COLL ECTO NJ
E"xtension Circuler 320
PRUNING SUGGESTIONS FOR FRUIT TREES
0. T. McWhorter, Extension Horticulturist
Federal Cooperative Extension Service
Oregon State College
Cooperative Exteni ii \Vork in Agriculture and Flonie Economics
Wm. A. Schoenteld, Director
Oregon State College and United States Department of Agriculture, Cooperating
Printed and distributed in furtherance of the Acts of Congress of May 8 and June 30, 1914
PRUNING SUGGESTIONS FOR F?LUIT TES
0. T. Moihorter, Extension Horticulturist
December 14, 1938
Tree Pruni An Old Question: As regularly as the autumn leaves fall
from the fruit trese, the ed subject of fruit tree pruning is brought out,
0pustod off," and discussed, understood by some and misunderstood and misapplied
Pruning is one of the oldest of orchard practices; varying according to
the age and vigor of the trees, soil conditions, fertility, moisture supply,
and the fruit which it is desired to produce. There are many systems, so-called,
of pruning. We have the Modified Central Leader, Long Renewal System, Central
Leader, Thin Wood, and others. Any system to be successful is one that in-
1des 1ight annual pruning and avoids heavy cutting of essential bearing wood.
Heavy, needless cutting stimulates growth which must be removed later.
Pruning Cannot Replace Sell Management: Pruning cannot take the place
of a wefl ,lanned orchard soil management program. Trees which are not making
sufficient annual growth because of poor soils cannot be brought back to normal--vigor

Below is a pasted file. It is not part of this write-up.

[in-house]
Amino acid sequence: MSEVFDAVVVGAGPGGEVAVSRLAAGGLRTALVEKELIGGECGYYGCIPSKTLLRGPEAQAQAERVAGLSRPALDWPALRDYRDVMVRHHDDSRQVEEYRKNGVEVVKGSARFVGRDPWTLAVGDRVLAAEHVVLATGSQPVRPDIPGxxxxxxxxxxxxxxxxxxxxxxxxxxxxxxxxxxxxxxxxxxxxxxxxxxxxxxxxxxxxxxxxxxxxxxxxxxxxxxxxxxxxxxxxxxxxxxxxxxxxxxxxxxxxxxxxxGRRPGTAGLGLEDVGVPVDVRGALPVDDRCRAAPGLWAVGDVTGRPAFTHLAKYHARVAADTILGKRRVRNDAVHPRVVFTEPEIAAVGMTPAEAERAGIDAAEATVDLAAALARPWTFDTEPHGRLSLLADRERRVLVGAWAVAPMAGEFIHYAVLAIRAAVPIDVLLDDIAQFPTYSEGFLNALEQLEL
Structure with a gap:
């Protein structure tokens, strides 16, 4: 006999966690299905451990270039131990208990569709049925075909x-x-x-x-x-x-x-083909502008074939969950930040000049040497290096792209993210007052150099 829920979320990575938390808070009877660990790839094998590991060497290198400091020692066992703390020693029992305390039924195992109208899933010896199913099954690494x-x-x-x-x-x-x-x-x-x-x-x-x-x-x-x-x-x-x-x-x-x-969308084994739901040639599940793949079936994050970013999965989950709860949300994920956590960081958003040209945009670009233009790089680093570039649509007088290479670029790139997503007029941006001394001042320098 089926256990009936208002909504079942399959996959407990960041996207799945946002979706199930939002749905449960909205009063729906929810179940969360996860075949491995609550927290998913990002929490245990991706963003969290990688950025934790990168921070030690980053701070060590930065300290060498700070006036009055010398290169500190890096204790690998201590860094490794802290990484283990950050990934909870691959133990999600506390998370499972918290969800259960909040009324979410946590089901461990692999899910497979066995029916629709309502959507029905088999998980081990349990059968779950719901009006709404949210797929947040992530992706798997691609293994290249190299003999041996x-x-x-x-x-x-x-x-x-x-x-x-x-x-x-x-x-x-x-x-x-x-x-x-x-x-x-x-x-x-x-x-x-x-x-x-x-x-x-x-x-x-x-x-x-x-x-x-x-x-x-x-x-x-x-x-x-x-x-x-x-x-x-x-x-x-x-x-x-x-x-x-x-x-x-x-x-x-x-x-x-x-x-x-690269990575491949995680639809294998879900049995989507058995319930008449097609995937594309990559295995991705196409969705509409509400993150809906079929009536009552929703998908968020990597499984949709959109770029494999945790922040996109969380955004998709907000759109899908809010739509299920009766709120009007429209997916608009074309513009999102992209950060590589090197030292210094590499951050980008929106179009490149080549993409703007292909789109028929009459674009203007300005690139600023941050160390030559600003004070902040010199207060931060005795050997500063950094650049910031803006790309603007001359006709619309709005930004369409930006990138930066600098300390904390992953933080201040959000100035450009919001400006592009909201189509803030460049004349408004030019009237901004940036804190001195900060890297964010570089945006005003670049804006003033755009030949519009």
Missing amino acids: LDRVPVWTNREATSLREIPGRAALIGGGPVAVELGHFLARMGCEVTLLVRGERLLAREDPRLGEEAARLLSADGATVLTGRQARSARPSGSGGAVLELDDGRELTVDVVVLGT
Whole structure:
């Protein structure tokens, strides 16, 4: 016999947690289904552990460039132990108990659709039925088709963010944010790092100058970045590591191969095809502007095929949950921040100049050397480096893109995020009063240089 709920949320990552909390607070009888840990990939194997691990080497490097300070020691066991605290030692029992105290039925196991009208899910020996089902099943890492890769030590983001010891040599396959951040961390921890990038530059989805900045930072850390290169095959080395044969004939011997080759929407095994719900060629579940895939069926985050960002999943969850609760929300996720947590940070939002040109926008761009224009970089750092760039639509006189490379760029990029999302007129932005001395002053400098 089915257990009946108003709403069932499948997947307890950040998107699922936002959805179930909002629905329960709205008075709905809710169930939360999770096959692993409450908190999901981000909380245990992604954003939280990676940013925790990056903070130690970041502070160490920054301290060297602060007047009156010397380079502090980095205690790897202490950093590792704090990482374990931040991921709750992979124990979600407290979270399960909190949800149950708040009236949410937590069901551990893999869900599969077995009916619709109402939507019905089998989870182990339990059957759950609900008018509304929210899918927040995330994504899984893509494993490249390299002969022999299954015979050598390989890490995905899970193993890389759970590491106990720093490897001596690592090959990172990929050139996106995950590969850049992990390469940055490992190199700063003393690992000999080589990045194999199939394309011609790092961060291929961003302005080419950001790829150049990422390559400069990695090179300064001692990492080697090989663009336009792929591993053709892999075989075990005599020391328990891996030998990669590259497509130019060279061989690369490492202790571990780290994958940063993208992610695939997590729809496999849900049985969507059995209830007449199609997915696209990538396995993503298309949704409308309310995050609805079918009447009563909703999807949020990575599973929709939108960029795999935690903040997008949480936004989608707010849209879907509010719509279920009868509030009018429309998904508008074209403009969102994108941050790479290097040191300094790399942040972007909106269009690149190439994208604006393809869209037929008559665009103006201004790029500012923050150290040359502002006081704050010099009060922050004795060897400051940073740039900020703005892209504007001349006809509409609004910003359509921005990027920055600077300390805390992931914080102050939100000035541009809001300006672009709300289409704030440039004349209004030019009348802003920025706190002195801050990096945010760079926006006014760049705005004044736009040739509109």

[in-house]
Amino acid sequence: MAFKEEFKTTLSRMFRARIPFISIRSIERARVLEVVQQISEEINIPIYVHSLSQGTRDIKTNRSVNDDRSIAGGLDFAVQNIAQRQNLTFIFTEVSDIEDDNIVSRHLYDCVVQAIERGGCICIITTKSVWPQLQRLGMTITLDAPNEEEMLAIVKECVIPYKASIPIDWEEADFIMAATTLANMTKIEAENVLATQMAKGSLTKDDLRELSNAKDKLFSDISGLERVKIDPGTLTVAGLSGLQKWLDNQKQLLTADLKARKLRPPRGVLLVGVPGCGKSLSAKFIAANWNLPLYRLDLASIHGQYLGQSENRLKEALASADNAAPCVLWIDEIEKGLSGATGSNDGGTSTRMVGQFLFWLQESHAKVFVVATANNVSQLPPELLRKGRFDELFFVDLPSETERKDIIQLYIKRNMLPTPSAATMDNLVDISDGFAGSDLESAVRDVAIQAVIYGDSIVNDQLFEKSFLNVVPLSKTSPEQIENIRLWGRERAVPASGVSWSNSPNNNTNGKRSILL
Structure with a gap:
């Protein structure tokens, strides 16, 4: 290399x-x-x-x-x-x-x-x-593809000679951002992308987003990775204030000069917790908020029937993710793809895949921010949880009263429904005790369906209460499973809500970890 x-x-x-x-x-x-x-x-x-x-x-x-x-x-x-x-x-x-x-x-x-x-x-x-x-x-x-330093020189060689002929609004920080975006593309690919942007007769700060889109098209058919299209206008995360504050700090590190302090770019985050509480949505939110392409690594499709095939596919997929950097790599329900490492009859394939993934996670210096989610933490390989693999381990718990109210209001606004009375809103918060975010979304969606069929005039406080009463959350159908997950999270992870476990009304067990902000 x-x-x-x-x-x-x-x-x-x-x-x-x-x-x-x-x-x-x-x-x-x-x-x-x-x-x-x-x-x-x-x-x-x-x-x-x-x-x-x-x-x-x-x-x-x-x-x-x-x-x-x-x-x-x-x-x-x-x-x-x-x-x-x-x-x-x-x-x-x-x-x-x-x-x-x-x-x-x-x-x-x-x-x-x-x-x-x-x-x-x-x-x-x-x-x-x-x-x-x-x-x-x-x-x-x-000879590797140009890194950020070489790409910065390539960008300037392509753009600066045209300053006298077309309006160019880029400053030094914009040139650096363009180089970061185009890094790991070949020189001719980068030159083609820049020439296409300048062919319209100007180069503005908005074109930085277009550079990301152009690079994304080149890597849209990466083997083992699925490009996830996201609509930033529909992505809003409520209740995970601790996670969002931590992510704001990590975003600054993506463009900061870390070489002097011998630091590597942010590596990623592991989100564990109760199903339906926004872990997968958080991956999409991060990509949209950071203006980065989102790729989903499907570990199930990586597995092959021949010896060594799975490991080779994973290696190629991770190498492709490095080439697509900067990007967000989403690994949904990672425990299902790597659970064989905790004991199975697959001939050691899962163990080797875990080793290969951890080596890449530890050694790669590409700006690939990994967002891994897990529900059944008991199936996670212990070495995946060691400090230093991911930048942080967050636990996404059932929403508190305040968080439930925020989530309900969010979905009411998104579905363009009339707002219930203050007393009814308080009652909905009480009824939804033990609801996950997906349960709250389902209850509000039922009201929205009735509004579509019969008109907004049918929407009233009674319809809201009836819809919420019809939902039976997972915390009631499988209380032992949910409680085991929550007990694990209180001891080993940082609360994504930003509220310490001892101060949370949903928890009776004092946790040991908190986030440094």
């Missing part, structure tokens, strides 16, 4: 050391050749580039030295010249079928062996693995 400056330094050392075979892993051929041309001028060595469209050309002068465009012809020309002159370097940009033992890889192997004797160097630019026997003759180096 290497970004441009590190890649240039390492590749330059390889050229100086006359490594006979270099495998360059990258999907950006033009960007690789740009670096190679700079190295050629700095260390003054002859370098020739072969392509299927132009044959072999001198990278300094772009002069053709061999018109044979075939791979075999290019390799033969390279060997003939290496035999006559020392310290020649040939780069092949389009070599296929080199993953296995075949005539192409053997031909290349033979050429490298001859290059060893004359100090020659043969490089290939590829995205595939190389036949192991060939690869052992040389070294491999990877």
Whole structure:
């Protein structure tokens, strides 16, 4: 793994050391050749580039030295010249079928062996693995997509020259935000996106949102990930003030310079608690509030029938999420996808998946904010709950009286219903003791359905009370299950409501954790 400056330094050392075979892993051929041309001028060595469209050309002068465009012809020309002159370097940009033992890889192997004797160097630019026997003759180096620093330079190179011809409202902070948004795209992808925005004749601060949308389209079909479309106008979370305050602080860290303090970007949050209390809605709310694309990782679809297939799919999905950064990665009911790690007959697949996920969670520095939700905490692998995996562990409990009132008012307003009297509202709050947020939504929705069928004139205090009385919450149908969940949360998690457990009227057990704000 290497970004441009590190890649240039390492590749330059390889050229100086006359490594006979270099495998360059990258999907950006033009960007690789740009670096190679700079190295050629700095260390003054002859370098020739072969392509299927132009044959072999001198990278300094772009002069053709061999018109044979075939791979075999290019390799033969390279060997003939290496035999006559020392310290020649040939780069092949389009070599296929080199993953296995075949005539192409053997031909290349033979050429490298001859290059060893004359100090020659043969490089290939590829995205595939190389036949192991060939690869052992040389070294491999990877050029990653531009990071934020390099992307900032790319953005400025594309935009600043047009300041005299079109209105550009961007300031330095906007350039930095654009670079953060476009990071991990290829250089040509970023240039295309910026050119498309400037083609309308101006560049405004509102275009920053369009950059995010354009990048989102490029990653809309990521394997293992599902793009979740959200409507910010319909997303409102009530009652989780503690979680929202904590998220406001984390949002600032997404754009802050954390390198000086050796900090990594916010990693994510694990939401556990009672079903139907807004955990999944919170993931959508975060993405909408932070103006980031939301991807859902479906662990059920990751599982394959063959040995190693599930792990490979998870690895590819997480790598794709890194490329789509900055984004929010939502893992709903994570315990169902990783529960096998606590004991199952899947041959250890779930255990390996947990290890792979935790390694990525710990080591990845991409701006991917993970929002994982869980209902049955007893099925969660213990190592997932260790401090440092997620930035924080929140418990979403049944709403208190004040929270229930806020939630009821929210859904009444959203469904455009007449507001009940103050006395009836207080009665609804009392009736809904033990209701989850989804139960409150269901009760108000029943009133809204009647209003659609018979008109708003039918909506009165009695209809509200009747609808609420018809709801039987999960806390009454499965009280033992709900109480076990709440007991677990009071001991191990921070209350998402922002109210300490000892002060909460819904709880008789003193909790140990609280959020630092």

and production by heavy pruning alone. The soil imist supply- the fertility
needed for tree and crop grovrth. The orchard soil management practice mtist,
in turn, keep the soil fertile.
Trees 0fte Planted Too Closely Together: Many- of the elder orchards in
the Wiffmote lTáiIey and in the other fruit growing sections of this state are
erwded, The trees are planted too closely together ad sunlight is excluded
from parts of the trees. To grow and bear properly sunlight must reaoh all
parts of the trees. Pruning cannot remedy the conditions found in overcrowded
It takes resolution to remove trees in closely planted orchards. There
are instances in the Willainette Valley of orchards thInned by removing onethird
to one-half of the trees where the yields at the end of three years
reached those before the trees were removed. The trees were more vigorous and
fruit and nut quality improved.
Pruning Tools: Of late years lighter and better made pruning tools are
being used. Pruning tools should be kept sharp. Dull tools make poor, uneven
cuts which do not hea.l properly. Pruning operators can work more rapidly mith
sharp, properly adjusted tools,
Time of Pruning: In regions of mild climate, pruning can be done almost
any time after the leaves fall, In the colder olimates there is evidence that
when severe or cold weather follows the December pruning, the trees are damaged
sometimes beyond recovery. Injury is said to be more severe when large cuts
have been made.
Time of pruning will depend somewhat upon the amount of pruning the
grower must do, IThen pruning san be delayed until just before the grcvring
season conditions are more favorable for the healing of wounds and the recovery
of the tree,
Troteoting Tree Wounds: Tree wounds an inch or more in diameter when
made onhe trunks and soafld branches should receive a coating of tree paint
after the wound has had time to dry out for a month or six weeks. When oil
paint is used on fresh woud, killing back of the bark and cambium layer may
occur. After drying takes place, the kill back from oil paints is negligible,
especially after a callous has started to form. One of the more successful tree
paints is raw linseed oil and bordeaux powder mixed to the consistency of house
paint and applied to the out area withoixt spreading over the adjoining bark.
Bordeaux paint for tree wounds has been effective in keeping out wood rotting